Thus, it began. The clothes pile, I realized as it grew and grew like a bad pimple, was meant to horrify. Mission accomplished. I felt overwhelmed by it, to the point where I tried to find anything else I could do to avoid working on the pile. Does someone need something at the store? I can do that! Isn’t it about time for that walk? I think it is. And didn’t you say that someone needed to count the number of staples we have left for the staplers? You didn’t? Well, I’ll do it anyway. 

That’s right. I avoided. But eventually, because I wanted to actually inhabit that room again, I returned to the scene of the crime. I picked up each item one by one, as instructed, and considered it. I sorted and hemmed and hawed, and I gave away and I put back, folded correctly unlike how I have been folding all the decades of my life. Who knew my parents had incorrectly taught me how to fold? This could have saved me years of therapy.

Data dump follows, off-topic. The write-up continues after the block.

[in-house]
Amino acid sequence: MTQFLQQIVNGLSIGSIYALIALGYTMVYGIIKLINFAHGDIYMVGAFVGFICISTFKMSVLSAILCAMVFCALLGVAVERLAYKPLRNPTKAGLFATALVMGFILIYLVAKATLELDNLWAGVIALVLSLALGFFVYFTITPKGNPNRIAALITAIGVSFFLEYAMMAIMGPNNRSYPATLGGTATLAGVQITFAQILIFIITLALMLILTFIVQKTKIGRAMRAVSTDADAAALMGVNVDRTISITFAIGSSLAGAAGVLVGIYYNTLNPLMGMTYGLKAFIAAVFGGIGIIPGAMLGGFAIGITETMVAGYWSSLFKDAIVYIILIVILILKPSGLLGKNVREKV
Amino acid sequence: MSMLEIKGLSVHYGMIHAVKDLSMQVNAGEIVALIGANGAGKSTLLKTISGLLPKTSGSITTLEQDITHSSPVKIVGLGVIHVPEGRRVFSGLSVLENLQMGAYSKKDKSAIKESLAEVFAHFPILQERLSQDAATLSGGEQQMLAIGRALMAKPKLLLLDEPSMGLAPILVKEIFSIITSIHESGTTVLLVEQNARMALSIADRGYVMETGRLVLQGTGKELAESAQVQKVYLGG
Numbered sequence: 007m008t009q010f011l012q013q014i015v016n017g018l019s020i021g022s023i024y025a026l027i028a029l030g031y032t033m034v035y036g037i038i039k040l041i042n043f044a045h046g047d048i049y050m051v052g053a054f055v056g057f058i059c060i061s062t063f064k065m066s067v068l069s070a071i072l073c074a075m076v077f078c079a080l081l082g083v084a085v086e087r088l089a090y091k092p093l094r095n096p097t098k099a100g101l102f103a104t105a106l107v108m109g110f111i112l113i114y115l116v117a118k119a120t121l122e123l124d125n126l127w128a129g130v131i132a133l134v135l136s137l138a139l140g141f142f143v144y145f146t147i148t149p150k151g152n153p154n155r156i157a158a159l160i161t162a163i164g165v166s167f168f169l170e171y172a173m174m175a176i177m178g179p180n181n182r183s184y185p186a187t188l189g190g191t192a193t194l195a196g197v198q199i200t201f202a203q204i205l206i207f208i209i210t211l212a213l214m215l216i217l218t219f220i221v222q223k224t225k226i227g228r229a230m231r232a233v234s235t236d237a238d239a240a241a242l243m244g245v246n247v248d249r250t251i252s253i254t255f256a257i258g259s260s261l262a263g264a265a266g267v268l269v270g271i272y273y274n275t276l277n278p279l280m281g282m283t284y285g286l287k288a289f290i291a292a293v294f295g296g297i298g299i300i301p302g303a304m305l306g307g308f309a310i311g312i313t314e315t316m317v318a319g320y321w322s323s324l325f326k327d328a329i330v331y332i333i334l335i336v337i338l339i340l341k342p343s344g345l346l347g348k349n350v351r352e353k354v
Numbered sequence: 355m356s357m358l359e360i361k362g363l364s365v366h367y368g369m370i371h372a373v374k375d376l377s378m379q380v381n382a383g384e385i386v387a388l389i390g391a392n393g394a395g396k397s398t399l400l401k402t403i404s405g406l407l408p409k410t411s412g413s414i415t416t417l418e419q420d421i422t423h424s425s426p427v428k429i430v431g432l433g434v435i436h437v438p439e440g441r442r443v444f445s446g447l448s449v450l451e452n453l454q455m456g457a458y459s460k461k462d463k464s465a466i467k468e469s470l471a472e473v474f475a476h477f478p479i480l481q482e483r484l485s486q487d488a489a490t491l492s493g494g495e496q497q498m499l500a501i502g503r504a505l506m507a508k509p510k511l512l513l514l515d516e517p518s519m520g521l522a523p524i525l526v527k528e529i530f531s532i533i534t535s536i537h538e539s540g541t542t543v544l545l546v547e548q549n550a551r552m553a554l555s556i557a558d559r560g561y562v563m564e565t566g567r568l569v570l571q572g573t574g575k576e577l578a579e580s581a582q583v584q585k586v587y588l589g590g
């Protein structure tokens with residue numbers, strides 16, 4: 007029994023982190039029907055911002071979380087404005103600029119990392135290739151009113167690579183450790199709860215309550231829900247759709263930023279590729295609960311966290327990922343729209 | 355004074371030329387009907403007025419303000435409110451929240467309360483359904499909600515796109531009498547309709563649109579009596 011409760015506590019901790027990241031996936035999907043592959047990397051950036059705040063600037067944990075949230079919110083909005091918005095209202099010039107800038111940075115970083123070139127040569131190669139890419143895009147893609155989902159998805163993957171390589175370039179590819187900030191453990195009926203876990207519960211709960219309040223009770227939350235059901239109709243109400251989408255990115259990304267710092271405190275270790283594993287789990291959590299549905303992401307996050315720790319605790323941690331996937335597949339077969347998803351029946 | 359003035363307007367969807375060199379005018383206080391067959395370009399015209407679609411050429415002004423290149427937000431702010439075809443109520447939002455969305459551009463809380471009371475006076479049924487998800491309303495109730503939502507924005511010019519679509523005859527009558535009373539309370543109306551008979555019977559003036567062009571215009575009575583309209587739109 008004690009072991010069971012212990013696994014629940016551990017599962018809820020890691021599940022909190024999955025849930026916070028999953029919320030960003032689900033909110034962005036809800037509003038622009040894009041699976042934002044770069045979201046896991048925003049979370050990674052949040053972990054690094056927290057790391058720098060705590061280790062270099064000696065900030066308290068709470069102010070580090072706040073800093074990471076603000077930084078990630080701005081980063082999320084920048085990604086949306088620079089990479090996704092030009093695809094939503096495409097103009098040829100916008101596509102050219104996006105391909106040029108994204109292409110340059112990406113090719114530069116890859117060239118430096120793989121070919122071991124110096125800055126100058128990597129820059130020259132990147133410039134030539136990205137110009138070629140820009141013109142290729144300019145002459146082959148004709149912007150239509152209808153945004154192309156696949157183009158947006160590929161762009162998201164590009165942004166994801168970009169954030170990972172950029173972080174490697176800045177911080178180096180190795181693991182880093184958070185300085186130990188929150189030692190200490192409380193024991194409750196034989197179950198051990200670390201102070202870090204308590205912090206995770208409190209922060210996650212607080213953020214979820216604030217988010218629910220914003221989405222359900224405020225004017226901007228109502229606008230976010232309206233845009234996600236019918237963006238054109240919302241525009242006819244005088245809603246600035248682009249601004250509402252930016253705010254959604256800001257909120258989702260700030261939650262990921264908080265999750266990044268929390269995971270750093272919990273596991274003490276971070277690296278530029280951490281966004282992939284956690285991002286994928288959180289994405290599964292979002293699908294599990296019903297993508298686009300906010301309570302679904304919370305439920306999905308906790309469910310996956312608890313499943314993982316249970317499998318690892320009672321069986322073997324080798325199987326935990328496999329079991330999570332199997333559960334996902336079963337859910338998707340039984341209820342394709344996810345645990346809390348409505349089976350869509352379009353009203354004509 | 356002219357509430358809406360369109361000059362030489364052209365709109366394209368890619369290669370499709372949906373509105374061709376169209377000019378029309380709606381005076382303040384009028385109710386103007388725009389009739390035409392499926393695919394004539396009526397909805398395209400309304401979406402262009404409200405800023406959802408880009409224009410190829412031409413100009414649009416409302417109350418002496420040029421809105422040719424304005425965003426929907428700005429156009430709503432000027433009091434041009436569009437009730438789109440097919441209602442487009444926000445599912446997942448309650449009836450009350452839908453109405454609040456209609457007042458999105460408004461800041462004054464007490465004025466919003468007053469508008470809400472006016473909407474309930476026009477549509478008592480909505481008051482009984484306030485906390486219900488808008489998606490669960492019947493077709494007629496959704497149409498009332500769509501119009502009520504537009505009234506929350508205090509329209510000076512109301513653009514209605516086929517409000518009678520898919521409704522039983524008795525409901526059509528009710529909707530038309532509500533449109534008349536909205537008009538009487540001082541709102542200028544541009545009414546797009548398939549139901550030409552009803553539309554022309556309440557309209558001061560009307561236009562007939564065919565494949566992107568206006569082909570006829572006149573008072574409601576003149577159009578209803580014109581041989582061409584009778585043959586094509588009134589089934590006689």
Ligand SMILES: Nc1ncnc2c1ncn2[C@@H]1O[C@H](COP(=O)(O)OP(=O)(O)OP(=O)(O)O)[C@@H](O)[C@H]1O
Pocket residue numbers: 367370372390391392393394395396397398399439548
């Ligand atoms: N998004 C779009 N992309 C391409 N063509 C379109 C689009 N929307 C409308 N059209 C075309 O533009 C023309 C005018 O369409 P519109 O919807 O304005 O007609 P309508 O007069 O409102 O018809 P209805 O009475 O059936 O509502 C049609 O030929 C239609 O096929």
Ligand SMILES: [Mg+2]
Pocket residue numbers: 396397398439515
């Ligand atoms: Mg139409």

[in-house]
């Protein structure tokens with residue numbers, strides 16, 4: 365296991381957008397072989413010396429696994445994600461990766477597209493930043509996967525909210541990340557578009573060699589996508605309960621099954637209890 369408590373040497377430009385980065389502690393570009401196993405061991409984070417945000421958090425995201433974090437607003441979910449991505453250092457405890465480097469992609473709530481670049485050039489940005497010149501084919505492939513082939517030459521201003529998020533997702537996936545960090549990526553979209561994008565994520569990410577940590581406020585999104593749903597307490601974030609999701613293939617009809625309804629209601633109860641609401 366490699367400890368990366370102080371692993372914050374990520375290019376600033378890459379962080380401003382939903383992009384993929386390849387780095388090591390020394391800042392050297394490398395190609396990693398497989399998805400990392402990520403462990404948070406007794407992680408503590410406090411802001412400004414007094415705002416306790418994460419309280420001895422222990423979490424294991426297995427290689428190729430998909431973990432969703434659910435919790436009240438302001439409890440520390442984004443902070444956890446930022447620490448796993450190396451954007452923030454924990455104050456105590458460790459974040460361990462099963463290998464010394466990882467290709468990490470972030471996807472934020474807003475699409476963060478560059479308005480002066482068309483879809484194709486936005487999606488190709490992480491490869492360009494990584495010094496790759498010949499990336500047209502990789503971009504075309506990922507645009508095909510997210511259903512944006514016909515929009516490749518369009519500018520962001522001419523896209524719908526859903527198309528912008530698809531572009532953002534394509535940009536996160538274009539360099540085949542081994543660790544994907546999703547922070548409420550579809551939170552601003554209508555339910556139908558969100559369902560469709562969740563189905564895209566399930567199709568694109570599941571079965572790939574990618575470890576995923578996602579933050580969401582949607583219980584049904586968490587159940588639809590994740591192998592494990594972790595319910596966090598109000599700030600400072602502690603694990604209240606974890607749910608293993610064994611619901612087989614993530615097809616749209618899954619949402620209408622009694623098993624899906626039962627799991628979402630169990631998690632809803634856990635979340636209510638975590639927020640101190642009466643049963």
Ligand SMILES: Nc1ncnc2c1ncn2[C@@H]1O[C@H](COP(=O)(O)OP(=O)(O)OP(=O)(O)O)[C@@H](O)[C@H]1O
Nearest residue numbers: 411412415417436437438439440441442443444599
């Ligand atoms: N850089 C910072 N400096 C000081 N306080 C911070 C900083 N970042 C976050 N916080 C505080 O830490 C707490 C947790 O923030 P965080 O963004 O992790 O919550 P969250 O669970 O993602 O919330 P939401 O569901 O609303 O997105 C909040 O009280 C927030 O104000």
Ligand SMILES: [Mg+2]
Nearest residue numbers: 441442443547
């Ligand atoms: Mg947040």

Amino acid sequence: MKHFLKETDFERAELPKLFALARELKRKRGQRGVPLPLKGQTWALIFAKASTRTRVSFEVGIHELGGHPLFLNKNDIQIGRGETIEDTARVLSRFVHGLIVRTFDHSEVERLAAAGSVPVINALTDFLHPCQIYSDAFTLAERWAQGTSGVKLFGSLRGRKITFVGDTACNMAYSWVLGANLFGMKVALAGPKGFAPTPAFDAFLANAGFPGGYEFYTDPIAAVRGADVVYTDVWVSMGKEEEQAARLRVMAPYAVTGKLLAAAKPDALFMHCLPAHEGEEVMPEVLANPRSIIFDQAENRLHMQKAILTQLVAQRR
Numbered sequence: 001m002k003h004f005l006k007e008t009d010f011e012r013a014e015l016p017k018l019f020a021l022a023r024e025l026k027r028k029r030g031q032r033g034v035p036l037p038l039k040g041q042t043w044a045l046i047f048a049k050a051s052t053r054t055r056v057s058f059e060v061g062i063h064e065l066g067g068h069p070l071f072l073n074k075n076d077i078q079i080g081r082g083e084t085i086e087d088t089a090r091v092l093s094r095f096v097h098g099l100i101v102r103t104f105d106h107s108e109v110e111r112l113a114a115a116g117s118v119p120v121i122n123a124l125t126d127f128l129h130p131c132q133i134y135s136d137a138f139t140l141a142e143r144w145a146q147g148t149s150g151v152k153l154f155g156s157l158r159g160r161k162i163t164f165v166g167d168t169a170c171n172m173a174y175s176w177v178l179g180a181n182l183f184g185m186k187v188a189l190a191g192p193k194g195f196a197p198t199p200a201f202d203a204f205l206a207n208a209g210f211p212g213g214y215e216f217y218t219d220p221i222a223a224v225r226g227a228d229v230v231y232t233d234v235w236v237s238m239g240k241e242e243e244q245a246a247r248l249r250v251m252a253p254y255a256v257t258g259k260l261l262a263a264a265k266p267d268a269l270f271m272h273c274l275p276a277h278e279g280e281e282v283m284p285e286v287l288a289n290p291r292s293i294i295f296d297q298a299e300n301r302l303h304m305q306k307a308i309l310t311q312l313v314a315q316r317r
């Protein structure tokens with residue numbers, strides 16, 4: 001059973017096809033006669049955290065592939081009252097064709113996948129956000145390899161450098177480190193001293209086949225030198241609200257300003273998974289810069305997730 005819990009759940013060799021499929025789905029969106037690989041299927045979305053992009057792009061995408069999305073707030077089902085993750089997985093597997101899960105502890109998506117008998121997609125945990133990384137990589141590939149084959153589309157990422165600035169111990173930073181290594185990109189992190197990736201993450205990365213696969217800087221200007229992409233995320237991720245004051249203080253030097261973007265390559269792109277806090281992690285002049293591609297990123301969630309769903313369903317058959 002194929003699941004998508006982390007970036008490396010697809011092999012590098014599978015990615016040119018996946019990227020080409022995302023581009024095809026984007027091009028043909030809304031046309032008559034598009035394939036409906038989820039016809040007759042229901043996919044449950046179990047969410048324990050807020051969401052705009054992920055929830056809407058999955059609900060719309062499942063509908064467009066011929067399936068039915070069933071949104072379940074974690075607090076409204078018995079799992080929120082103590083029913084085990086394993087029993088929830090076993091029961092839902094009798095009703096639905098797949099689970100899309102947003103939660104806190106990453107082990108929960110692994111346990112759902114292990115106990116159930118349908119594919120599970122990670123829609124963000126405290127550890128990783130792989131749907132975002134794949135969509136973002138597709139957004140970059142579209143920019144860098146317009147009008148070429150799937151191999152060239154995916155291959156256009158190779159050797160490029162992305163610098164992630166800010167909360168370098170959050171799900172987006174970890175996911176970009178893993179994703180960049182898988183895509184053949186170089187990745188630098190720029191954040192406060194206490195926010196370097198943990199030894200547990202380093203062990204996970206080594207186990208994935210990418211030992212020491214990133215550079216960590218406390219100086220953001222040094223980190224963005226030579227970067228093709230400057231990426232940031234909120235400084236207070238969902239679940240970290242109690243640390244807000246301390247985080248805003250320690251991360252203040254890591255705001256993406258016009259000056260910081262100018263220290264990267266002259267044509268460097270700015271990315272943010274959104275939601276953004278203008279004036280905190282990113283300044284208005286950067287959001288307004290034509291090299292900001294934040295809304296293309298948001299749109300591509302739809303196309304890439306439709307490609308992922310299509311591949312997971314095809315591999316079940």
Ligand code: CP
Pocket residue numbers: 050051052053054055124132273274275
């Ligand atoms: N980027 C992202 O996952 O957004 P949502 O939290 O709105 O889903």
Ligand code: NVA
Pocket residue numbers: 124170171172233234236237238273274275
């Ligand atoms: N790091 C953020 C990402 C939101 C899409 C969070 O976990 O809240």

Because I had pulled everything out at first, it allowed me to change where I put things away (I’m guessing that’s the point, too), to rearrange my system. This of course means that now I have no idea where to find anything anymore, but I’m not sure Marie cares about that.

I’m not telling Marie about some of my cheats: I forgot to say thank you to every piece of clothing I gave away. I didn’t always use Marie Kondo’s “Does it spark joy?” measure (I mean, do my athletic socks spark joy? Not exactly, but they sure come in handy every day). I did, however, give away the clothes that did spark joy but no longer fit me. I think Marie would give me two gold stars for that, as long as I agreed to put them in a little box and label them properly.

And I did do phase 2, just as I promised.

As overwhelmed as I felt at the start, I feel equally satisfied with the result. This surprised me. I also understood, only after the clothes part was over, that perhaps Marie Kondo has you start with clothes because somehow that magically kicks you into gear for the next four categories of things: books, papers, komono (bathrooms, kitchen, garage, miscellanous items) and sentimental items.